S: I think we see a lot of innovation coming out of these vendors too. It’s like taking it out and try some things without some big launch you would have from a larger company.
E: Yes. Shall we call it agile? I don’t like the word. (laughs)
S: (laughs) Well! Europe saw activity in the open source market, no pun intended, activity – Open Source Project actually got formed again. It did of course 3-4 years ago but people who see the need to try out different ways even in this broad open source market to try out different ways of targeting their BPM products. We see a lot of activity in these small vendors and I think a lot of cool stuff is coming from them.
E: Talking about tools, what I also did see was, I am originally from Pallas Athena and the company that made the first commercial process mining tool. I saw a lot of process mining tools coming up this year, commercial process mining tools. When we first developed on a University, maybe 15-16 years ago, I was very skeptical about it. These days it’s much more applicable. We got more data. That’s also a thing I saw.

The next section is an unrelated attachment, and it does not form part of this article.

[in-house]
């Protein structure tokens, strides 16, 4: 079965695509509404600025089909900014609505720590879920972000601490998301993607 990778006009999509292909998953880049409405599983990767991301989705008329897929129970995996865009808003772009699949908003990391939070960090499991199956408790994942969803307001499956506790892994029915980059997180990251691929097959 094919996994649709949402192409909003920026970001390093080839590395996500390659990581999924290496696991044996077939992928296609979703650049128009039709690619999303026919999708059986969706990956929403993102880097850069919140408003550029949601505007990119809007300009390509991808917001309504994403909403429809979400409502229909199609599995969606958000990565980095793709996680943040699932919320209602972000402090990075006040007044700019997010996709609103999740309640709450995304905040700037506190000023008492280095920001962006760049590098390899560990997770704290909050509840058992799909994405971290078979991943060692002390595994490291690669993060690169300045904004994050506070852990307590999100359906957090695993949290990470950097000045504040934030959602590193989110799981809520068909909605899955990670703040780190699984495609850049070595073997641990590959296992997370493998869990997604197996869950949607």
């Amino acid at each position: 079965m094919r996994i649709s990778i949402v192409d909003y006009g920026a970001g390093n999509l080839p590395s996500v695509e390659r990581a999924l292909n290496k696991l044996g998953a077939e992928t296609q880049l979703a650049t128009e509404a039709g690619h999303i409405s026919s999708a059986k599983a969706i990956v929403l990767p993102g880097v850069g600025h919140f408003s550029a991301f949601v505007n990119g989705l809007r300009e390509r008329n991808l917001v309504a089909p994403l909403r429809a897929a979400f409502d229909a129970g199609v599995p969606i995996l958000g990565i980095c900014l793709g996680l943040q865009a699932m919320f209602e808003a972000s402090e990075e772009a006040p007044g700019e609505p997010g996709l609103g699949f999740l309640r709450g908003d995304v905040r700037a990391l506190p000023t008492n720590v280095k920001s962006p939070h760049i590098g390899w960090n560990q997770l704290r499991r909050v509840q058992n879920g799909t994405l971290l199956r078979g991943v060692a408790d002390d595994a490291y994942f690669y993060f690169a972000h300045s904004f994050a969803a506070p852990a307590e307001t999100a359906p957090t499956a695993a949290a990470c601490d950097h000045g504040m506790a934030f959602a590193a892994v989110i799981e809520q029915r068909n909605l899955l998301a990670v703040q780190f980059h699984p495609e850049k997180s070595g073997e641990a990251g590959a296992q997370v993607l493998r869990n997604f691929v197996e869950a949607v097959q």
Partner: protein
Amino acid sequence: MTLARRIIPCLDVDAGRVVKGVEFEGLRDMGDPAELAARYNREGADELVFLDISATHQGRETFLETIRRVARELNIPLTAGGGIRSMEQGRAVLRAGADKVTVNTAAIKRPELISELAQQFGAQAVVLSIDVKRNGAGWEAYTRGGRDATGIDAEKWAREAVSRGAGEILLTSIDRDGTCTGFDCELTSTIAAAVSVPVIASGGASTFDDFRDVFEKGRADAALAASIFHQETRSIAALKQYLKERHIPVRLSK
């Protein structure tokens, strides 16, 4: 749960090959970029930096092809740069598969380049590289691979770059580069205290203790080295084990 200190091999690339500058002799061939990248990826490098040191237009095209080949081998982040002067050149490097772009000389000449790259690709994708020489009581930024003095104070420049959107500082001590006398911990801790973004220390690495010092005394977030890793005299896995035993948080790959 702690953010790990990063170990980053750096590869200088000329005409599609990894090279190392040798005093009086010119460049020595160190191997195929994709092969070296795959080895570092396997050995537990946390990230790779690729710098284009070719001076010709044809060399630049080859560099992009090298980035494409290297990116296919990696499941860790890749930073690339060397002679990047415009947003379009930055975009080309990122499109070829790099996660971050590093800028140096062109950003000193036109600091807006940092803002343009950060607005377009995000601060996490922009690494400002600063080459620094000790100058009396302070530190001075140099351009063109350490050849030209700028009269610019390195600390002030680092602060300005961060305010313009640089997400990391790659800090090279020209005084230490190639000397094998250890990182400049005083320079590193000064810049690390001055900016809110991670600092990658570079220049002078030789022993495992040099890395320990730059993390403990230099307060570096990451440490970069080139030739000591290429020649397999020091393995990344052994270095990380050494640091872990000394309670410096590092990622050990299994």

S: Yeah. I hadn’t thought about that but you’re right. I have seen a couple of new process mining tools pop up and we need to see that sort of more integrated into some of the process management tools too but mining you can use for other things, you can apply it to your SAP system or other legacy systems that you may have internally to try & figure out what you’re doing but it goes back to the whole area of analytics “How are we analysing what we are doing and what the rest of the world is doing to make better decisions.”